Marijuana lawsuit

Marijuana plants grow in a high tunnel at a farm near McMinnville, Ore. A federal judge has dismissed with prejudice a lawsuit accusing an Oregon marijuana operation of racketeering.

Marijuana’s alleged impact on property values cannot legally justify a racketeering lawsuit by Oregon landowners over the controversial crop, according to a federal judge.

A speculative drop in property value doesn’t count as a “concrete financial loss” under the Racketeer Influenced and Corrupt Organizations Act, even if it reduces the amount of money that can be borrowed against the value of a home, the ruling said.

U.S. District Judge Michael McShane has dismissed with prejudice a complaint filed by neighbors of a marijuana-growing operation near Lebanon, Ore., which means they can’t revive their RICO allegations.

The 10 plaintiffs claimed to be adversely affected by marijuana’s “unmistakable skunk-like stench,” noise from greenhouse fans, guard dogs running loose, as well as frequent traffic on previously quiet rural roads.

Since marijuana remains illegal under federal law, the plaintiffs alleged the owners of the marijuana-growing parcel and their associates were engaged in a “criminal enterprise” to manufacture and sell a controlled substance.

Last year, the judge dismissed the original complaint because an “abstract reduction in the fair market value of the plaintiffs’ lands” doesn’t provide sufficient grounds to sustain a RICO claim in federal court. However, the plaintiffs were allowed to refile the lawsuit to show they’d suffered a concrete financial loss.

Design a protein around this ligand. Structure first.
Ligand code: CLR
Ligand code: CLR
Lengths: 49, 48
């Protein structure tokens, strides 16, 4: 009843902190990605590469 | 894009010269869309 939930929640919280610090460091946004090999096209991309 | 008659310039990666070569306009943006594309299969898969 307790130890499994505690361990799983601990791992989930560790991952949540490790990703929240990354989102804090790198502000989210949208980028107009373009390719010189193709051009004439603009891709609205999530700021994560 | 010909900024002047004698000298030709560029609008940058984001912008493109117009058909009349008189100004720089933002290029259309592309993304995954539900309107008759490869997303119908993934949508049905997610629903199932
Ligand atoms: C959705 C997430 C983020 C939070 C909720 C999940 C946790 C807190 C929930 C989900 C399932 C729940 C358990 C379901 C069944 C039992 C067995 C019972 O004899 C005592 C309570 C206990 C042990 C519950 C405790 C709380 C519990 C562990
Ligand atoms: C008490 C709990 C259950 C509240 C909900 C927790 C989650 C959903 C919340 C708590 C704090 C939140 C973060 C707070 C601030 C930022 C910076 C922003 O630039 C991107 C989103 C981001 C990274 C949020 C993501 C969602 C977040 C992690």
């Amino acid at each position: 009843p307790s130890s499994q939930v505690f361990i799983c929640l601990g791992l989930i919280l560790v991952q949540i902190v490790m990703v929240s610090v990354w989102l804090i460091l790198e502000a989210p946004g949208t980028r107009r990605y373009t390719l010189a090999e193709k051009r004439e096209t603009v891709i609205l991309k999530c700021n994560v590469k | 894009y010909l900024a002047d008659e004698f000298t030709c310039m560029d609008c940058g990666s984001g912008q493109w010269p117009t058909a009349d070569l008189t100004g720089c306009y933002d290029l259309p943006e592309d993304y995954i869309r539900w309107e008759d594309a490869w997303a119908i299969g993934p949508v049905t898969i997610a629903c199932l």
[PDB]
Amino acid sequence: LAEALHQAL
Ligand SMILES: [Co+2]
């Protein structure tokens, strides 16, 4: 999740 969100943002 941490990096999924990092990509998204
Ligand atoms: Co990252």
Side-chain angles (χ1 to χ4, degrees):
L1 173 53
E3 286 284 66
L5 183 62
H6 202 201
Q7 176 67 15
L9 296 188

In a revised version of the complaint, two of the plaintiffs — Karl and Lucinda Frink — argued they could have obtained a larger home equity loan if not for the depressed property value caused by the neighboring marijuana operation.

McShane ruled that borrowing a smaller amount of money isn’t considered a “compensable property injury” under the 9th U.S. Circuit Court of Appeals interpretation of RICO law.

Because they owe less money, the plaintiffs will end up paying less interest and their “financial position is no worse than it would have been absent the racketeering activity,” the judge said.

For example, the allegedly reduced property value did not cause the plaintiffs to be “charged a higher interest rate or otherwise offered the same loan on less favorable terms,” he said.

Rachel McCart, attorney for the plaintiffs, did not respond to requests for comment.

Although McShane’s decision isn’t binding, it’s solidly in line with 9th Circuit precedent and its reasoning will likely doom similar RICO litigation against Oregon marijuana growers over property values, said Alex Tinker, an attorney for the defendants.

“That theory in the 9th Circuit has pretty well been dispatched,” Tinker said.

However, the ruling probably won’t end the controversy over alleged RICO violations involving marijuana in Oregon, where voters fully legalized the crop under state law in 2014.

Another lawsuit over a marijuana-growing operation in Yamhill County also cites RICO without solely relying on marijuana’s effect on property values.

Rather, the complaint argues that grapes grown by the Momtazi family were refused by a buyer because they’d been contaminated by the “pungent stench” of marijuana grown on a nearby property.

The plaintiff in that case is also represented by Rachel McCart, who’s filed several lawsuits against marijuana producers in Oregon.

Alleging that marijuana rendered grapes unmarketable may allow that complaint to survive a motion to dismiss based on “concrete financial loss,” though it’s likely to encounter other difficulties, said Tinker, who’s aware of the case but isn’t representing the defendants.

“They’re still going to have proof problems, they’re still going to have causation problems,” he said.

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